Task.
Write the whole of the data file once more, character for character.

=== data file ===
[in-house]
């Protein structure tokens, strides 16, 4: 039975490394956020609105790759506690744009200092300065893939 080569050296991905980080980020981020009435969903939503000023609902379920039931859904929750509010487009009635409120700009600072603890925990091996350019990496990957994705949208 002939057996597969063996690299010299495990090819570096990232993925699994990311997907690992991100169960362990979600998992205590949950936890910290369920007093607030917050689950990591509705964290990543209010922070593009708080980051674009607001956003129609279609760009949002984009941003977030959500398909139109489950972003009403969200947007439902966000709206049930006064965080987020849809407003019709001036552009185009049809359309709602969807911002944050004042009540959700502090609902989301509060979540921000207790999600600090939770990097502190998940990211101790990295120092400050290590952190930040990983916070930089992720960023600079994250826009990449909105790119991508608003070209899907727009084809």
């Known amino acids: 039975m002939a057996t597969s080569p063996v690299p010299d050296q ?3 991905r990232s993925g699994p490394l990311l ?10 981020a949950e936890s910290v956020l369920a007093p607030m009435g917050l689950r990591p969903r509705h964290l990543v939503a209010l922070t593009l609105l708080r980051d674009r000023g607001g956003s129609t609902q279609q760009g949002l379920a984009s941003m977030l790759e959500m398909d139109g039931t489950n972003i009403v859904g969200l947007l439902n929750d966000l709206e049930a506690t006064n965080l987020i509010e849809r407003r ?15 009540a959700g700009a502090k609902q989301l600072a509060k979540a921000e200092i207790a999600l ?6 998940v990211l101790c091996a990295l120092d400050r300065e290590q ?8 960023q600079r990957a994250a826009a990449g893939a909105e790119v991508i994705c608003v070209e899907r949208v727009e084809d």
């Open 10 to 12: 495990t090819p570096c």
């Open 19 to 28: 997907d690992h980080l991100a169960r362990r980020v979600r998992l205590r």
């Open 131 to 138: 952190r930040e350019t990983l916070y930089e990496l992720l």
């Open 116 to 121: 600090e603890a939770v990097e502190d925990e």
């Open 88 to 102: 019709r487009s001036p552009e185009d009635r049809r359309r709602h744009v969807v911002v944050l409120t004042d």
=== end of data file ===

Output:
[in-house]
């Protein structure tokens, strides 16, 4: 039975490394956020609105790759506690744009200092300065893939 080569050296991905980080980020981020009435969903939503000023609902379920039931859904929750509010487009009635409120700009600072603890925990091996350019990496990957994705949208 002939057996597969063996690299010299495990090819570096990232993925699994990311997907690992991100169960362990979600998992205590949950936890910290369920007093607030917050689950990591509705964290990543209010922070593009708080980051674009607001956003129609279609760009949002984009941003977030959500398909139109489950972003009403969200947007439902966000709206049930006064965080987020849809407003019709001036552009185009049809359309709602969807911002944050004042009540959700502090609902989301509060979540921000207790999600600090939770990097502190998940990211101790990295120092400050290590952190930040990983916070930089992720960023600079994250826009990449909105790119991508608003070209899907727009084809």
């Known amino acids: 039975m002939a057996t597969s080569p063996v690299p010299d050296q ?3 991905r990232s993925g699994p490394l990311l ?10 981020a949950e936890s910290v956020l369920a007093p607030m009435g917050l689950r990591p969903r509705h964290l990543v939503a209010l922070t593009l609105l708080r980051d674009r000023g607001g956003s129609t609902q279609q760009g949002l379920a984009s941003m977030l790759e959500m398909d139109g039931t489950n972003i009403v859904g969200l947007l439902n929750d966000l709206e049930a506690t006064n965080l987020i509010e849809r407003r ?15 009540a959700g700009a502090k609902q989301l600072a509060k979540a921000e200092i207790a999600l ?6 998940v990211l101790c091996a990295l120092d400050r300065e290590q ?8 960023q600079r990957a994250a826009a990449g893939a909105e790119v991508i994705c608003v070209e899907r949208v727009e084809d």
């Open 10 to 12: 495990t090819p570096c």
């Open 19 to 28: 997907d690992h980080l991100a169960r362990r980020v979600r998992l205590r």
């Open 131 to 138: 952190r930040e350019t990983l916070y930089e990496l992720l």
């Open 116 to 121: 600090e603890a939770v990097e502190d925990e």
């Open 88 to 102: 019709r487009s001036p552009e185009d009635r049809r359309r709602h744009v969807v911002v944050l409120t004042d």